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Jose Reyes (10/4)

The news from the MRIs is that Reyes has “severe scarring” in his hamstrings. Is that good news or bad? It’s neither really, just another fact to note along the way in what has been a tale of woe. The fact has always been that surgery has not only been the last option but also a bad one for a player like Reyes, so being able to avoid it even a bit longer is good. The problem is that the therapy may not be able to break up all the scarring, and that we won’t know for a couple of weeks or even months how well it has worked. If they can get Reyes past this, he’ll be “good as new,” or rather, good as ’03. This is very similar to the issues Reyes had at the start of his career, the ones that made it seem like he might not have a career. It’s really hard to tell where this will go in the near future or what signposts we’ll see. The biggest issue for me is that Reyes went off the tracks somewhere along the way, and no one really seems to know where or why. The program that Vern Gambetta used to get Reyes to where he was seems to have been left behind and no one really seems to know when or why. There are too many unknowns to feel good about this right now.


Jonathon Niese (10/4)
Gary Sheffield (8/10)

Reyes is hardly the only injured Met and it seems that list grows every day. Niese tore his hamstring on a play covering first base; he simply stretched too far, and the muscle gave way. I’m told that it was a near-complete rupture, and that it had to be surgically re-attached. It’s a painful injury and an involved surgery, but one that usually has a good success rate. Even so, there aren’t too many of these in baseball and fewer still for pitchers, so the comparables aren’t ideal. He’s certainly done for the year, but is expected to be ready for spring training. The Mets are also dealing with Gary Sheffield’s chronic hamstring strain, which acted up just after he came off of the DL. He was running to first on Wednesday when he pulled up as if he’d reinjured it. He left the game immediately and was not in Thursday’s lineup. Jerry Manuel joked later that Sheffield was “85 years old, he’s going to pull some hamstrings,” but the team continues to call it cramping, which is just odd, but indicates they think he’ll avoid the DL.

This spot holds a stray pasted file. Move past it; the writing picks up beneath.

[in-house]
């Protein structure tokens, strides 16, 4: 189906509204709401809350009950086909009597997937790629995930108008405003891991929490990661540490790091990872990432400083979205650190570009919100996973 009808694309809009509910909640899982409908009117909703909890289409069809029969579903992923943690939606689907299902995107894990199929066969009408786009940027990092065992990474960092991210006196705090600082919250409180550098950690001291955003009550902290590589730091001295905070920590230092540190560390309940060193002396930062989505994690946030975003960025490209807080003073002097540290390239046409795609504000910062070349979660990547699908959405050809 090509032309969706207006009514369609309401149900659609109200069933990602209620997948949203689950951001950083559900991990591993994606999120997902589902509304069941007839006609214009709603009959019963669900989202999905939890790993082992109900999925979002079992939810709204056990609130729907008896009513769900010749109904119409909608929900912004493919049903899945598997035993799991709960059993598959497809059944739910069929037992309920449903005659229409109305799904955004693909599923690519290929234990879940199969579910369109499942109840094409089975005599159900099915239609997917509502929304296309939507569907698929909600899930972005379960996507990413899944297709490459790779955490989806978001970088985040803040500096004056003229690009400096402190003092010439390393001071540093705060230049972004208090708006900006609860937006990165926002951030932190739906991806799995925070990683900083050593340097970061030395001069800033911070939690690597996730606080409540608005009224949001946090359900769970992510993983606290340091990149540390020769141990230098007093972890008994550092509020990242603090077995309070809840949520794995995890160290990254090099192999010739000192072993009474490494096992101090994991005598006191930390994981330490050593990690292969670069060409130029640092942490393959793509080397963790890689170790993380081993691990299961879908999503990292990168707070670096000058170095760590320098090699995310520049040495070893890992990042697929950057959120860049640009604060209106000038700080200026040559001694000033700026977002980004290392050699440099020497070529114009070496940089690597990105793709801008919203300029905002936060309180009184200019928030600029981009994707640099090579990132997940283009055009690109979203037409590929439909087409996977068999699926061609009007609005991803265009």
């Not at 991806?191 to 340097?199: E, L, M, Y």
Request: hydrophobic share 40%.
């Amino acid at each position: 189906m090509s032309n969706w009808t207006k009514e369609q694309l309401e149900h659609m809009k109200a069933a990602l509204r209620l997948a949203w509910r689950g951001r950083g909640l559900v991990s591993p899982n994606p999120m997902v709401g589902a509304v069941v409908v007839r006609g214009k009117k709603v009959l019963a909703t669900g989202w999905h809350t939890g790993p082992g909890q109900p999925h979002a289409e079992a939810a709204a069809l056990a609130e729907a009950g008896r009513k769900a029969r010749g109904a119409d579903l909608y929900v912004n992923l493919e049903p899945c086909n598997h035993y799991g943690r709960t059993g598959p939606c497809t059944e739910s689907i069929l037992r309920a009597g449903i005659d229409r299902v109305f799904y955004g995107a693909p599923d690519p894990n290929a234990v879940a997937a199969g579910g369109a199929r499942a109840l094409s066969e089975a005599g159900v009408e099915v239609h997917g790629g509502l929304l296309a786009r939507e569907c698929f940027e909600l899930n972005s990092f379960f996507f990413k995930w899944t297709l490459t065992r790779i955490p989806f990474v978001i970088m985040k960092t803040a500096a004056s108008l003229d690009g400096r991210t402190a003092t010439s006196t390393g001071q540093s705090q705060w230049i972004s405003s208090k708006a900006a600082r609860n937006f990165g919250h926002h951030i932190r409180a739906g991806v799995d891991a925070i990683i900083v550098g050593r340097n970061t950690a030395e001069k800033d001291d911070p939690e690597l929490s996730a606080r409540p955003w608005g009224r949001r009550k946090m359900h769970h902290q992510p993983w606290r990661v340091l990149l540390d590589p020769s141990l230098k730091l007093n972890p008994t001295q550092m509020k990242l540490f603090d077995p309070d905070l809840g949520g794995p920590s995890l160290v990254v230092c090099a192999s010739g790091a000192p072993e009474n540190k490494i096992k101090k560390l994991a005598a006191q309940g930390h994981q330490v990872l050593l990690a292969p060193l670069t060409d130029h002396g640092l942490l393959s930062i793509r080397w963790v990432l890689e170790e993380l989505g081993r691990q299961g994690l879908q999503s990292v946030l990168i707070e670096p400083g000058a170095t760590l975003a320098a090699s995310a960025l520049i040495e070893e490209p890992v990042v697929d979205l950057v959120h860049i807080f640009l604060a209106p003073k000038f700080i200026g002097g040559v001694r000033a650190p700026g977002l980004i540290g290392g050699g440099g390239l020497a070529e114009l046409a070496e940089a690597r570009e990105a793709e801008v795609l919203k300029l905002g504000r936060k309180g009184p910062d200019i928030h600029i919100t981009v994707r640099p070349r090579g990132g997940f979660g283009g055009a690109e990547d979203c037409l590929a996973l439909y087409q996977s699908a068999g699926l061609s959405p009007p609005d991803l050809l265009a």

Justin Upton (8/25)

Forty-three days is the number that everyone in Arizona is looking at. It’s how many days Upton missed last time he had a strained oblique, and it’s an easy number to get caught up in. Don’t let yourself get caught up in it, though. No injury is exactly like another, even when it happens to the same player. Chronic or recurrent injuries tend to get worse, though in some cases the familiarity with what worked and what was involved in the last rehab helps shorten them. Upton strained his right oblique this time, as opposed to the left last time. They’re equal and opposite, but have different predominant functions for a right-handed batter and thrower. If you add in complications like the D’backs being out of the chase, Eric Byrnes coming back, and Gerardo Parra needing some playing time, it’s hard to say exactly when Upton will come back. The Snakes are optimistic, but my best guess is 21 days at this stage, give or take a few, but I’ll go on record that it won’t be 43.


Andrew McCutchen

Although McCutchen got slapped in the face with a tag, with his having headaches two days later, we have to wonder if McCutchen didn’t take more of a punch than a slap. Naturally, the worry here is that McCutchen suffered a concussion in the unintentional collision of face and hand, so the Pirates have pulled him to monitor him closely. The good news is that he’s mostly reacted like someone who got sucker-punched-it hurts. The Pirates continue to watch McCutchen and will be conservative with him, but allowed him back in the lineup once he was symptom-free. There shouldn’t be much follow-on here.


Torii Hunter (8/14)

Hunter was held back from a pending rehab assignment when his strained oblique failed a strength test. Honestly, I have no idea how you test an oblique. It’s not in my textbooks that I keep around, and the two people who might know that I was able to get hold of this morning didn’t know. “I just check for comfort and function,” said one ATC. “A lot of it is trust.” The Angels might just be playing it safe with Hunter and a few games lead in the AL West. With the way they’ve been hitting and playing lately, it’s not like they need to rush anyone back into the lineup. There’s no new timetable for Hunter, though this delay isn’t expected to be a long one.


Jed Lowrie (TBD)

For a player coming back from a wrist injury, the last thing a team wants to hear is that there’s numbness in the hand. Lowrie is experiencing problems at bat that have been lingering, including pain in the forearm and numbness in the hand. These are the classic symptoms of some kind of nerve problem, one that indicates that there’s an issue with inflammation inside the arm. The symptoms are transient rather than consistent, and only affect Lowrie at bat, but there’s no guarantee this isn’t the start of something worse. It sounds from reports as if Lowrie is headed for tests to try and determine the exact cause. Lowrie could still end up on the DL, or back in the game Friday, so I’ll hold off with any guess on his expected return date.